Your gaming memory always runs at 1080/60. Nostalgia is invariably well optimised. It doesn’t matter how old the game, how fuzzy the pixels, or however much the frame-rate juddered like a jalopy on cobbles. If you loved the game, your brain will always be playing the remaster. And that’s what makes real-life remasters such a tricky proposition. The developers can rework as much as they like, fine tune as many visuals, and smooth out as many kinks as can be found, but their efforts will always be battling with the false perfection already imbued upon the game by your mind.
That truth becomes immediately apparent upon playing BioShock: The Collection at Gamescom 2016. The pre-demo spiel is exciting. BioShock and its first direct sequel have been tuned up to the holy grail of pixels and frames. Textures have been up-resed. Character models have been improved and replaced where necessary. ‘Holy hell, this is going to look great’, says my brain. And objectively, when viewed side-by-side with the actual original games, it does. But unfortunately, that very same brain is not comparing The Collection to the actual originals, but to the made-up remaster it’s been quietly working on for nine years.
But on the flipside, knowing this means that my self-deluding lack of monocle-popping awe is actually a testament to the quality of the job that has been done. If a remaster is indistinguishable from the version in one’s stupid, rose-tinted brain, then it is a good remaster indeed.
Actually, it’s not entirely true that BioShock: The Collection looks exactly the same as the mind’s eye version. Go looking for the improvements, and you will find them. The geometry of Rapture’s buildings is sharper and more distinct in the murk of the Atlantic. The Splicers’ nightmarish, mannequin rictus grins are even more unsettling now that the edges and shadows of BioShock’s chunky, stylised art are better defined. In fact, in that regard, there’s an interesting tangential effect throughout. With its artistic abstraction now presented more clearly, the feel of Rapture has changed slightly.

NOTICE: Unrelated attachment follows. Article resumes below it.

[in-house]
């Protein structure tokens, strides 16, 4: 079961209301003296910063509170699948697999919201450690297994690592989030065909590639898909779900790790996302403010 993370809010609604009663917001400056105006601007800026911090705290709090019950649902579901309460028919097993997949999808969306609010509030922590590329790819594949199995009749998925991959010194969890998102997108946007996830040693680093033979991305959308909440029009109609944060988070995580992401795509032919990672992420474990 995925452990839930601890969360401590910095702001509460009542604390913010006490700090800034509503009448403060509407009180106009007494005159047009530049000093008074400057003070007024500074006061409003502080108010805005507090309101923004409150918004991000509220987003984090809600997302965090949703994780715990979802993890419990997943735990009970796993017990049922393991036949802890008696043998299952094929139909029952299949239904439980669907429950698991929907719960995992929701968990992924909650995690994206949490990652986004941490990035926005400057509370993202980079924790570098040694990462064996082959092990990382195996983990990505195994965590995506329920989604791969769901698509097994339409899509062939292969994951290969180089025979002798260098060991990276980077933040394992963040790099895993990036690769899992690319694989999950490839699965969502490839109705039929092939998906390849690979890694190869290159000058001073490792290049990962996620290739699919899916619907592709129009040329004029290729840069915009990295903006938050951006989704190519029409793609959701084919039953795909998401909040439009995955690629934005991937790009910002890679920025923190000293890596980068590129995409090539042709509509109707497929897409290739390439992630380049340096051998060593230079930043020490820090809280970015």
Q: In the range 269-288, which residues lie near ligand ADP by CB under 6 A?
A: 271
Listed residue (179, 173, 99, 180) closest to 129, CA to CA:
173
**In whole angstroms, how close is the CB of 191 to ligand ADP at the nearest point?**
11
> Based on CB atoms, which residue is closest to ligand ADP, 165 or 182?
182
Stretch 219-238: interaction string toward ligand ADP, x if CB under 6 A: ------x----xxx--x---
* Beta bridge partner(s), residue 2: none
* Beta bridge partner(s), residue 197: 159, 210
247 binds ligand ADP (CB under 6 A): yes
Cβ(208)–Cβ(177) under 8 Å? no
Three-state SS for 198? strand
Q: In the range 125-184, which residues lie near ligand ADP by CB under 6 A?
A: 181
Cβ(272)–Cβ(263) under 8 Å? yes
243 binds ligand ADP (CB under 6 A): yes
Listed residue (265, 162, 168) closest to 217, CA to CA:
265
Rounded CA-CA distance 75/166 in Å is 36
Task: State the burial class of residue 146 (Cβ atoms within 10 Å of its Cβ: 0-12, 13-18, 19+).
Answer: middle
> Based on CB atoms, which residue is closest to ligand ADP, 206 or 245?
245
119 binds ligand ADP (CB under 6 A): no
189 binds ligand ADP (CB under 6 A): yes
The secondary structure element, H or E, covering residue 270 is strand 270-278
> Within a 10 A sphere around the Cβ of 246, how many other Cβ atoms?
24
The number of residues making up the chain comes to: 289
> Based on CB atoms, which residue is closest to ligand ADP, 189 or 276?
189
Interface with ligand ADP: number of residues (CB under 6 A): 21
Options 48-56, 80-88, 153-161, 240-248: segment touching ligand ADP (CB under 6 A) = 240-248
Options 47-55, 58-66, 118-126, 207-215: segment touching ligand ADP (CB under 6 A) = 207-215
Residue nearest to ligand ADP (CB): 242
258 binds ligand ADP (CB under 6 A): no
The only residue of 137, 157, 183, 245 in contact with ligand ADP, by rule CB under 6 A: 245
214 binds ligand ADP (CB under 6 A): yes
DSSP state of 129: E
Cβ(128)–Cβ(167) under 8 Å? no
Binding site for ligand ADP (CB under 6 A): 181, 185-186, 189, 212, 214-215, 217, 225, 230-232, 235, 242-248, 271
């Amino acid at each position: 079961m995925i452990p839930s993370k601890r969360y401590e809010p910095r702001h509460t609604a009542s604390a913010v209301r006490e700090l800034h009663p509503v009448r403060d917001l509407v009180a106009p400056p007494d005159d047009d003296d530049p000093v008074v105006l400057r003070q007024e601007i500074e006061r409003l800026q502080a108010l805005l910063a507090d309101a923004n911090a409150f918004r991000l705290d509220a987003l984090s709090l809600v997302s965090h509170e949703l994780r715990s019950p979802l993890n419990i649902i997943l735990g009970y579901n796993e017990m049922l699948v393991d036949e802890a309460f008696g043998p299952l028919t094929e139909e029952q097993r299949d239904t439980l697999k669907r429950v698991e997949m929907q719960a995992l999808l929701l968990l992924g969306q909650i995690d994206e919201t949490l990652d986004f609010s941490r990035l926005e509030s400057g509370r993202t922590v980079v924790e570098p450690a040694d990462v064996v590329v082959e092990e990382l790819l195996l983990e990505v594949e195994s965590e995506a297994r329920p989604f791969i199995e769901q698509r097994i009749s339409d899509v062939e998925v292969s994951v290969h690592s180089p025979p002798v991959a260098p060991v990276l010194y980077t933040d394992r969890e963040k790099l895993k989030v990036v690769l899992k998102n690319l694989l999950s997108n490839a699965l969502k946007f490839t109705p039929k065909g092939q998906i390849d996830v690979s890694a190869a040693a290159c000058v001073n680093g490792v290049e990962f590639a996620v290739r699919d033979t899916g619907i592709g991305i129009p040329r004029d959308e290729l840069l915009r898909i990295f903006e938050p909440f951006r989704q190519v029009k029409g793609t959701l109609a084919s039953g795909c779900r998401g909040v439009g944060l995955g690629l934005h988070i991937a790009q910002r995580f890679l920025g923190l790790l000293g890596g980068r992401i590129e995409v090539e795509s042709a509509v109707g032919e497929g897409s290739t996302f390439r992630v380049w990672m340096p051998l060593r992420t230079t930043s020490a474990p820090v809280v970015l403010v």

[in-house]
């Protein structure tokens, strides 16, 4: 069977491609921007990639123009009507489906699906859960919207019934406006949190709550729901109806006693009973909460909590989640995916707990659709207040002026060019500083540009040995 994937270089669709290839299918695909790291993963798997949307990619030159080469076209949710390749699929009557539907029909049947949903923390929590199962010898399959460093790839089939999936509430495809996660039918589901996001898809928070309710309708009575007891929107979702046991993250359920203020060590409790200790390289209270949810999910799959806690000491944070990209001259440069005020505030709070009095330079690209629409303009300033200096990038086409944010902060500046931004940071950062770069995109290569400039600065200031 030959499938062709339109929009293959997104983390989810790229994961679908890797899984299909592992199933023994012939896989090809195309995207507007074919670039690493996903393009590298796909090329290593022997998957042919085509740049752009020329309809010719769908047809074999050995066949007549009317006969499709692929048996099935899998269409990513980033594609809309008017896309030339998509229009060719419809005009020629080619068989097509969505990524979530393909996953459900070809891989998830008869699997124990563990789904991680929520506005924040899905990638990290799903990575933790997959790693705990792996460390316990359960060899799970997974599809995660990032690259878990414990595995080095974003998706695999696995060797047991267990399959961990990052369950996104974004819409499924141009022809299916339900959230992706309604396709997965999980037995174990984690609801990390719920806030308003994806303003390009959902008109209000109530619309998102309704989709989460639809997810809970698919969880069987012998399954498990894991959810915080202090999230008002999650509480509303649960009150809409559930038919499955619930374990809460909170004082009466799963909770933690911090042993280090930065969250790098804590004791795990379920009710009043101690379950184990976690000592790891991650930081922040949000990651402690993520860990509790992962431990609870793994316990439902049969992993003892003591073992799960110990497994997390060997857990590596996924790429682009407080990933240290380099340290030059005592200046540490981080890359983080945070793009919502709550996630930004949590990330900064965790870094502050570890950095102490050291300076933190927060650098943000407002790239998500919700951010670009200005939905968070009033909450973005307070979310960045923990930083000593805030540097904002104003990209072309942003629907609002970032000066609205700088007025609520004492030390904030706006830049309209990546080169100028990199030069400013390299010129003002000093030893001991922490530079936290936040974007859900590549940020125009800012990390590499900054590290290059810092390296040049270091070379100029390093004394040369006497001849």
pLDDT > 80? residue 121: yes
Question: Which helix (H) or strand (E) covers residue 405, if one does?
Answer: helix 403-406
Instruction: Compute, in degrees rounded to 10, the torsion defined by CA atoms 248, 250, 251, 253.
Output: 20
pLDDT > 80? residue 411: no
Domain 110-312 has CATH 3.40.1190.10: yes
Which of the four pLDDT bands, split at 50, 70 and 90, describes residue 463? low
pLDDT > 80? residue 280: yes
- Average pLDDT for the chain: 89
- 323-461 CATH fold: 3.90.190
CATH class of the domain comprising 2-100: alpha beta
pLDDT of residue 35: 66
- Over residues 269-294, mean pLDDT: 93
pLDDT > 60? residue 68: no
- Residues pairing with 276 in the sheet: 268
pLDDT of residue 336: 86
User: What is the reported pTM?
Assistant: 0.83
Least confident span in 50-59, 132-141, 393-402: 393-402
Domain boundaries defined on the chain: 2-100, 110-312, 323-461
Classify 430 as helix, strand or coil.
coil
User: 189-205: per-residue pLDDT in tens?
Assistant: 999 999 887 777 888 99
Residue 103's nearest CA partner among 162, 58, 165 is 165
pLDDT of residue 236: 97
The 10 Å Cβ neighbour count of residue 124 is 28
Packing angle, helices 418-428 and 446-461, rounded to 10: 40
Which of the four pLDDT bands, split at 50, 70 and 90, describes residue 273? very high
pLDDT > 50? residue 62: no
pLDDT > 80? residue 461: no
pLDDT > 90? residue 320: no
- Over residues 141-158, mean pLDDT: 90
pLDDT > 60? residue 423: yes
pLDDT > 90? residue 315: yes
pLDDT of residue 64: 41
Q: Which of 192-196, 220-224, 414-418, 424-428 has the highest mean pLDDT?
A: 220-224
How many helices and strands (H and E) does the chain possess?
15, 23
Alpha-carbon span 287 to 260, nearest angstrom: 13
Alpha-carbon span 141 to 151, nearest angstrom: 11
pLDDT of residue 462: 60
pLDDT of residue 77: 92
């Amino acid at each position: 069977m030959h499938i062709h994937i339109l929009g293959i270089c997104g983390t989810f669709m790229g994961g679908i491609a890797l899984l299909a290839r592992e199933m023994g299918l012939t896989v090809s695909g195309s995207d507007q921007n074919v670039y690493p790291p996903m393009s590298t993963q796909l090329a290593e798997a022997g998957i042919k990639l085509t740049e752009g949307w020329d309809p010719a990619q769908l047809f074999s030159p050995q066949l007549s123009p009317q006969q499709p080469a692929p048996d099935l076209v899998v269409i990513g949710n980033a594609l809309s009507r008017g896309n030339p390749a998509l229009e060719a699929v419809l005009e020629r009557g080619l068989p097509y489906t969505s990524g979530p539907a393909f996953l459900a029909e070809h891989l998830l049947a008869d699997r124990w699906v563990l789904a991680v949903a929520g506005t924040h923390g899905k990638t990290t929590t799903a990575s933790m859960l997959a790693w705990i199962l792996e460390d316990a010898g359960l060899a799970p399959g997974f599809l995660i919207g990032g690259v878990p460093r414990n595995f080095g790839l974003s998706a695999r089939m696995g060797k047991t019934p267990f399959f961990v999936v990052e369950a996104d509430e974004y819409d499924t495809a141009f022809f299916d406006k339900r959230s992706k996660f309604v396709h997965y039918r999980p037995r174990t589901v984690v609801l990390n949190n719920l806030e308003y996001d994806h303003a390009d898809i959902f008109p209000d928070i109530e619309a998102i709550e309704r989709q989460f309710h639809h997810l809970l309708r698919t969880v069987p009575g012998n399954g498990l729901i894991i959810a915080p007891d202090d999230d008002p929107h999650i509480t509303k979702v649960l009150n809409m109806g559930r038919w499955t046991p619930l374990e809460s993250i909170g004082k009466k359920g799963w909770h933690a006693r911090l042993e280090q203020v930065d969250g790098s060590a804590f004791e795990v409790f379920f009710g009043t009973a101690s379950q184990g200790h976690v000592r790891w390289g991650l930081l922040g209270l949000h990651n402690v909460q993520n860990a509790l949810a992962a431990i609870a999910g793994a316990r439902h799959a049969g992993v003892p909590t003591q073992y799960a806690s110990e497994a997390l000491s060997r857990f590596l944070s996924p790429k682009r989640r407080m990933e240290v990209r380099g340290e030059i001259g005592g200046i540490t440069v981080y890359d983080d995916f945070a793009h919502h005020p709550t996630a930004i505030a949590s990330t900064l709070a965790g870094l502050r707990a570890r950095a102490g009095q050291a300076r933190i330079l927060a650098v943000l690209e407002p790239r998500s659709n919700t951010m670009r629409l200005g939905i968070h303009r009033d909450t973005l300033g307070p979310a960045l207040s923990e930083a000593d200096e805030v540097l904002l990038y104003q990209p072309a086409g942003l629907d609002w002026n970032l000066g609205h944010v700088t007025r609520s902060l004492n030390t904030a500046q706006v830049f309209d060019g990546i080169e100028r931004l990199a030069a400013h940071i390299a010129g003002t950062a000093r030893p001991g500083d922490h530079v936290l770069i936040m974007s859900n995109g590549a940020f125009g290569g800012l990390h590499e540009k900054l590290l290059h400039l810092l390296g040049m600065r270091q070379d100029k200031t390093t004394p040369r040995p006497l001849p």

While the world feels a little more tactile, and player presence a little more robust now that everything’s running more smoothly, the fabric of Rapture feels a little more dreamlike, more unreal. Rapture was always a fantastic ghost train, but while increased awareness of its stylisation feels a little jarring at first, this slightly amplified sensitivity to the game’s aesthetic artifice eventually makes it feel, if anything, a tad more uneasy. Especially when those Spider Splicers are hurtling around the ceiling at 60 frames-per-second.
One area that definitely feels different upon a revisit though, is BioShock’s combat. It’s no secret that the first game’s strength never lay in the quality of its shooty-bang contingent. It didn’t matter at the time, because there was so much more going on, so much depth and complexity – both in the game’s narrative and in its dynamic, emergent, systems-driven world – that a whole generation of players who missed out on System Shock, Deus Ex and Thief the first time around were over-awed by the sheer amount of ideas at play. And justifiably so. But with familiarity and nearly a decade of FPS evolution bedding in since 2007, it’s now rather clear that BioShock’s gunplay – with its rigid control and distinctly underplayed feedback - is functional rather than fun in its own right.